Alzheimer’s and dementia, both forms of memory loss, refer to a decline in mental ability to a point where independence, thinking, language and recognition are impacted. Memory loss and memory care are increasingly important topics as the elderly population of our country continues to grow. Unfortunately, in 2012 only $100 was spent on research for every $28,000 of care.
ElderBranch spoke to Dr. Catherine Madison, Director of Sutter Health affiliate California Pacific Medical Center’s (CPMC) Brain Health Center and Robert Sarison, Program Manager of CPMC’s Alzheimer’s residential care program to learn more about memory loss and memory care.
Context: Alzheimer’s and Dementia Statistics
According to the Alzheimer’s Association, one American develops Alzheimer’s every 68 seconds, but by 2050, the rate will increase to one American every 33 seconds. This disease is the sixth-leading cause of death in our country and one of the few that cannot be prevented, cured or slowed.
Approximately half ($210 billion) of memory care goes unpaid, with more than 15 million Americans providing unpaid care to memory loss patients.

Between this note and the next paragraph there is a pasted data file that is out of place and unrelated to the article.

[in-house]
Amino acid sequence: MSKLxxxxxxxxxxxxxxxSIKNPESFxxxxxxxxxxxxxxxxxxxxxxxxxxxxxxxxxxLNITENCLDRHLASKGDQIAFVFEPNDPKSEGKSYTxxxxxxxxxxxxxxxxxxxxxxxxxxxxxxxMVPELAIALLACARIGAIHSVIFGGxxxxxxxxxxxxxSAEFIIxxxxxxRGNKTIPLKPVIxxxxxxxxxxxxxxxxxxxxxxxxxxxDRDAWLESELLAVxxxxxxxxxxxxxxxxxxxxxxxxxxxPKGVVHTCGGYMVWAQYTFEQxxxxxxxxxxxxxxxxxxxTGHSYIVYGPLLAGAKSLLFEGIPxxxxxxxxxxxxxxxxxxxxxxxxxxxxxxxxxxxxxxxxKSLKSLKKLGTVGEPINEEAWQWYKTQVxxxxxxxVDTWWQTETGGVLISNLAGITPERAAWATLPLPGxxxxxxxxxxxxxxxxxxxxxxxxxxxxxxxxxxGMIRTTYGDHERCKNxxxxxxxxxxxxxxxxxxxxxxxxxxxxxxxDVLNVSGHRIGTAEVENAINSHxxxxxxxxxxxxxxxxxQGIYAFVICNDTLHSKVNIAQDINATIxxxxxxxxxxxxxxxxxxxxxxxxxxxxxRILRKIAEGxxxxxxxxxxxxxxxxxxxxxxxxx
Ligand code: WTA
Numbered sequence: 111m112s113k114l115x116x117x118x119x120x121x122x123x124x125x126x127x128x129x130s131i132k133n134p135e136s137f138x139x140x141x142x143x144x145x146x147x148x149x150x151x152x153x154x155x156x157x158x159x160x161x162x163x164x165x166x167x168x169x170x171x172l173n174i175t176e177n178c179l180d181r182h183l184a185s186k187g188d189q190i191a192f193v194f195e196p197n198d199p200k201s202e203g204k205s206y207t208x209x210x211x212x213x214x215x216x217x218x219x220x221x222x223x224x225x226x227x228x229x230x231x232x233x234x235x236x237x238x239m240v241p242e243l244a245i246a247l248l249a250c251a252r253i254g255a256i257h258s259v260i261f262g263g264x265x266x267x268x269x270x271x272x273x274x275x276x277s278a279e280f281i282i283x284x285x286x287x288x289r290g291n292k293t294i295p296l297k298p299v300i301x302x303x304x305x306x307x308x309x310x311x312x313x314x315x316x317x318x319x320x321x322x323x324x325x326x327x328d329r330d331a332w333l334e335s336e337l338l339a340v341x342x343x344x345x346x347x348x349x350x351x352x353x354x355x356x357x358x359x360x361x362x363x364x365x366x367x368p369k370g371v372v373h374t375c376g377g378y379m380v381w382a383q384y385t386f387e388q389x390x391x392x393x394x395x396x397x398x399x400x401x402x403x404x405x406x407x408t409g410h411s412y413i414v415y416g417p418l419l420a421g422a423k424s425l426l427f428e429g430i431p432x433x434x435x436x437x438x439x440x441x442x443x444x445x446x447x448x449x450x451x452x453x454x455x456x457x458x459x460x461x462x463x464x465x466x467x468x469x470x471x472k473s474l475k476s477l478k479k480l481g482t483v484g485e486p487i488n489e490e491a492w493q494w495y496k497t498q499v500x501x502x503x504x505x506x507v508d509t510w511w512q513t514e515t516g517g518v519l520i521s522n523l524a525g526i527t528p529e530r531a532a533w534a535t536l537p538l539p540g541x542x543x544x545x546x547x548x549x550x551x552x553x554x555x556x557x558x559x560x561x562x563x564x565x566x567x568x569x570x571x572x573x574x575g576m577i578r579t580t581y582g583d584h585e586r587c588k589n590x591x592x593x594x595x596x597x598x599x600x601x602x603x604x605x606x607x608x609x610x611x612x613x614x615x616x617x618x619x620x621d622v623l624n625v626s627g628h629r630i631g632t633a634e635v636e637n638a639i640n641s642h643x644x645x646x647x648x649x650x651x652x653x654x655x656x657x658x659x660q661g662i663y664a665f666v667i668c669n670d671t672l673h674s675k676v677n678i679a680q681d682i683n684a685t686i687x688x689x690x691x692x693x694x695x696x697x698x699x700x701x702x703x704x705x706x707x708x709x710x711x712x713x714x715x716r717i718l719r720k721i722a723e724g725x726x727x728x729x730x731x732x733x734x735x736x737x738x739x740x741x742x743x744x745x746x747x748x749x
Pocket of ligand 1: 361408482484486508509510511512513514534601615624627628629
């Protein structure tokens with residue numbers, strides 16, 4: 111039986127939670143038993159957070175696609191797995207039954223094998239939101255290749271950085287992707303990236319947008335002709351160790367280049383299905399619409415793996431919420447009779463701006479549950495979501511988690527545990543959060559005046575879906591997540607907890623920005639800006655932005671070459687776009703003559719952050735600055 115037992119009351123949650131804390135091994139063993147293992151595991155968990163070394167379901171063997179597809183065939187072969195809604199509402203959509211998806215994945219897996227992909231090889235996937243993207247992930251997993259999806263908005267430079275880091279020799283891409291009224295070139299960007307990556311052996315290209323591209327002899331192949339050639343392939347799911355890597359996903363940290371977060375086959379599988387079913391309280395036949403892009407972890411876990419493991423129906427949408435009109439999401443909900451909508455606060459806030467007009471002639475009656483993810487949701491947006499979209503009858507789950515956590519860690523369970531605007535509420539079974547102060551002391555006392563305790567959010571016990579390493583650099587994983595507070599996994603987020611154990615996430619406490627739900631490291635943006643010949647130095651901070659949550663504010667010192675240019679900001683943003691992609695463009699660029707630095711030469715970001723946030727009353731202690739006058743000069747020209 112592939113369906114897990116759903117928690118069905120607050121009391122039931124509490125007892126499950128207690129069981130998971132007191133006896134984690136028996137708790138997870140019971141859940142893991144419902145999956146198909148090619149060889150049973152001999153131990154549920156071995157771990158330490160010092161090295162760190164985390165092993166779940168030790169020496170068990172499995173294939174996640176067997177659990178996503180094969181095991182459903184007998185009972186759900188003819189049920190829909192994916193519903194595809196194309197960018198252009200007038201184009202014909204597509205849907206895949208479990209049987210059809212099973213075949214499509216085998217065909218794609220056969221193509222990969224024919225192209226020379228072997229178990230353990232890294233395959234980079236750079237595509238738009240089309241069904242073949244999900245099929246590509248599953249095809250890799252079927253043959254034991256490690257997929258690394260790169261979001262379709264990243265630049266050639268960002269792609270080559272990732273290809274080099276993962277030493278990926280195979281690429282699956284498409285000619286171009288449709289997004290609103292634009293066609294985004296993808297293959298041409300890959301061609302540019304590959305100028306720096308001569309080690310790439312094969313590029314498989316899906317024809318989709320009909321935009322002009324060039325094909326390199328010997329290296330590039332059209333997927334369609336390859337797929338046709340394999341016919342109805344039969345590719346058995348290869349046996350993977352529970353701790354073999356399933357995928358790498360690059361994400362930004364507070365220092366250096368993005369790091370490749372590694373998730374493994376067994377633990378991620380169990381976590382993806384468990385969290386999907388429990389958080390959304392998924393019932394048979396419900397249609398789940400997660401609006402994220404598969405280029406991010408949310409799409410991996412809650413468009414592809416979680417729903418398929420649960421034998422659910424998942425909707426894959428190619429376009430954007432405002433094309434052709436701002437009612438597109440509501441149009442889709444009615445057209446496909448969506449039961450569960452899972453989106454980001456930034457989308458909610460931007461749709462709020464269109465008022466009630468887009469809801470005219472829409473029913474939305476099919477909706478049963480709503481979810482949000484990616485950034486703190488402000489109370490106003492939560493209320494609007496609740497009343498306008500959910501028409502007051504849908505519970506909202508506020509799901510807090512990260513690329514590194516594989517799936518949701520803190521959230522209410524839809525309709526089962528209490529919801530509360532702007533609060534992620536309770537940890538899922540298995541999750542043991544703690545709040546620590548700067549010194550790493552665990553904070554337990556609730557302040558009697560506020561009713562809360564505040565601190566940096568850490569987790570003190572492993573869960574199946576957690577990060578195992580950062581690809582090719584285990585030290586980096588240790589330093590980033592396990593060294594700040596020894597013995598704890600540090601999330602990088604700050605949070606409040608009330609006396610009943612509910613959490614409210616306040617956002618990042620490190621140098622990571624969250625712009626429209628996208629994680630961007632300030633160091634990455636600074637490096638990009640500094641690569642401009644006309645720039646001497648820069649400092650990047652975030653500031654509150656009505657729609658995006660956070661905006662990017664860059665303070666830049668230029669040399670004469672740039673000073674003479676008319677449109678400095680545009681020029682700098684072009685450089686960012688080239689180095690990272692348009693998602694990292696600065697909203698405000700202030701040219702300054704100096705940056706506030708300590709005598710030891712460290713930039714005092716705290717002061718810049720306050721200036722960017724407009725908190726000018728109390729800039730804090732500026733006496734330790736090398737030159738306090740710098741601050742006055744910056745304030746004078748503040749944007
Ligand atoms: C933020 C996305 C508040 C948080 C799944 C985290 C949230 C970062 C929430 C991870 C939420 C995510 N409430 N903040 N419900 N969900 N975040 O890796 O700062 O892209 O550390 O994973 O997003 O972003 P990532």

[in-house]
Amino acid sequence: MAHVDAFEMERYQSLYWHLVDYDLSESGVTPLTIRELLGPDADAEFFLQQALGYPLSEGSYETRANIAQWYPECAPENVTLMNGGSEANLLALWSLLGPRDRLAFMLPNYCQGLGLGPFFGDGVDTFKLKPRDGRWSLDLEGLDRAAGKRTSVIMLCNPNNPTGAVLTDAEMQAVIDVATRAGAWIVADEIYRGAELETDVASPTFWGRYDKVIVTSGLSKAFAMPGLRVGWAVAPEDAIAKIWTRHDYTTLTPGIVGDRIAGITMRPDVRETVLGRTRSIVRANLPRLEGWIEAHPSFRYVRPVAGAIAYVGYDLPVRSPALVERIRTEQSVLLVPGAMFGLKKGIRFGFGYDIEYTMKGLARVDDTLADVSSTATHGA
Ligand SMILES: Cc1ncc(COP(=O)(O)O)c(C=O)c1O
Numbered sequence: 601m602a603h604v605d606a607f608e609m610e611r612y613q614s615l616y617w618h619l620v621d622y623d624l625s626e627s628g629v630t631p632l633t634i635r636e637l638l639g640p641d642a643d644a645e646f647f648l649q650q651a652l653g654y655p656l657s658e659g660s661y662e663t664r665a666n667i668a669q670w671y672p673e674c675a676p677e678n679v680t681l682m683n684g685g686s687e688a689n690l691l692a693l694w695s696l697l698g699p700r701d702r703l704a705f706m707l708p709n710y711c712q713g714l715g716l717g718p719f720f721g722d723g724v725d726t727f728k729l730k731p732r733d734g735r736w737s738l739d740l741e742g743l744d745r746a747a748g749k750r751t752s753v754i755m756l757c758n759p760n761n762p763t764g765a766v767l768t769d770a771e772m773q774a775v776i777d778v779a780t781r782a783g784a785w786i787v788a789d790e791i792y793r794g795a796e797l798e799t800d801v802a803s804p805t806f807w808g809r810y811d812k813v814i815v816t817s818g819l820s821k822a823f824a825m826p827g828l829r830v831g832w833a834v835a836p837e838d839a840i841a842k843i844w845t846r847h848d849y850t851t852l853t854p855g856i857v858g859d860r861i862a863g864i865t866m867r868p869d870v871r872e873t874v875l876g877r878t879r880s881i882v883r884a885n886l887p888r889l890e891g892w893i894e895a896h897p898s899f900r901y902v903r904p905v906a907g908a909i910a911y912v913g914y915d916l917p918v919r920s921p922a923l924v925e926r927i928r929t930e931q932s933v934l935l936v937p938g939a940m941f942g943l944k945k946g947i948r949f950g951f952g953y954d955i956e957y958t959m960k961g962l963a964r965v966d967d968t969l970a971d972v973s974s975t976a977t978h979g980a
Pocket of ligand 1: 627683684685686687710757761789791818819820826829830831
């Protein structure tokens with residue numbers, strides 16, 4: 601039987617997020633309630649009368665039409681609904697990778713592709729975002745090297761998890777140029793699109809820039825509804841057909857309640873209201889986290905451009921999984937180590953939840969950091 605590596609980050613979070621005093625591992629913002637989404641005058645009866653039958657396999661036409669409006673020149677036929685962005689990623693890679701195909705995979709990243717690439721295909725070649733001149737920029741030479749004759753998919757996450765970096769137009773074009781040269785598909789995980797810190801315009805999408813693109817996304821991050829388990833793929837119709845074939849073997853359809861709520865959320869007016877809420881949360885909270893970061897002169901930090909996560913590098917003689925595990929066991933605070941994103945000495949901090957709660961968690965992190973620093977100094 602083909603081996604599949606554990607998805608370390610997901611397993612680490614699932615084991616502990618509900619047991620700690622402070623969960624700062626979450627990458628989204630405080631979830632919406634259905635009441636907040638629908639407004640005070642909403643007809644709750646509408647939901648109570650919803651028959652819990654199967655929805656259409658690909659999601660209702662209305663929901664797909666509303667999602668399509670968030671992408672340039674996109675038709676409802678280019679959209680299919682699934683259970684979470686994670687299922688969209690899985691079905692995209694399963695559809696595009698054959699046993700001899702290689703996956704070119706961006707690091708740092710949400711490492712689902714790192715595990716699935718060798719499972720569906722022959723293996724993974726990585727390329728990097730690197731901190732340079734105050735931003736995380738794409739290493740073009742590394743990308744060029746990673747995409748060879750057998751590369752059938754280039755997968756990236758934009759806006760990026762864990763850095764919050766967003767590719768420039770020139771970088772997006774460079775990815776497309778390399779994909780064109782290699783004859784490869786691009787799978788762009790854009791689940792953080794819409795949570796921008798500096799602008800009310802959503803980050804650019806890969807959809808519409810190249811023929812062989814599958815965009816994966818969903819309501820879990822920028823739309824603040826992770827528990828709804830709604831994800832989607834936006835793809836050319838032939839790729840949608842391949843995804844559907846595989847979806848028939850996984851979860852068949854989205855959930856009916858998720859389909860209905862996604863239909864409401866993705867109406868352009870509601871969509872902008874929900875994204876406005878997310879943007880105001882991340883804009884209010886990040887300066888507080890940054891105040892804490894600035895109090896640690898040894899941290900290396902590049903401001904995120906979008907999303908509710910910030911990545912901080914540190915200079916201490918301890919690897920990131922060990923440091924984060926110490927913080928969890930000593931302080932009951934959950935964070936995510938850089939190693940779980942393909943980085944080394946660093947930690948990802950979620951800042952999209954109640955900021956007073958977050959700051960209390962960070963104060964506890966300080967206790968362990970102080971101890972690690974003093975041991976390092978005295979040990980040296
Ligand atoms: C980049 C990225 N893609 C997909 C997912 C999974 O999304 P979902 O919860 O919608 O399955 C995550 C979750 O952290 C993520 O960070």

Recent Discoveries in Memory Loss
Interconnection with Other Diseases
Newer Alzheimer’s research points to the fact that the pathological changes of Alzheimer’s disease are frequently intertwined with other neurodegenerative processes and vascular disease.
Given significant progress has been made with reducing vascular disease morbidity, Dr. Madison hopes this can influence dementia treatment as well, “It is hoped that with even more aggressive treatment of vascular risk factors that the onset of dementia could be delayed.”
Research has shown that healthy lifestyles can not only lower one’s risk of developing dementia, but can also help those who already have the disease in terms of maintaining their brain health.
The research supports regular physical activity (20-30 minutes of brisk exercise, at least five days per week), a Mediterranean-style diet (plenty of fruits and vegetables along with lean protein and omega-3 fatty acids), keeping the mind engaged and maintaining social ties.
Lowering Plaques in the Brain
Dr. Madison explains that in Alzheimer’s, there is accumulation of amyloid (type of protein) plaque and tangles in the brain, which is associated with inflammation and cell death. To date, strategies aimed at lowering the level of amyloid plaque in the brain have not achieved needed goals.
With the recent discovery of a genetic variation that lowers the accumulation of abnormal amyloid in the brain and appears to protect people from Alzheimer’s disease, researchers have more hope they are moving in the right direction with their efforts to bring success to anti-amyloid and amyloid-lowering approaches that have failed to date. This is a very promising discovery given the incredibly high cost of bringing a new drug to market ($3.7 – 11.8 billion per drug developed by major pharmaceutical companies).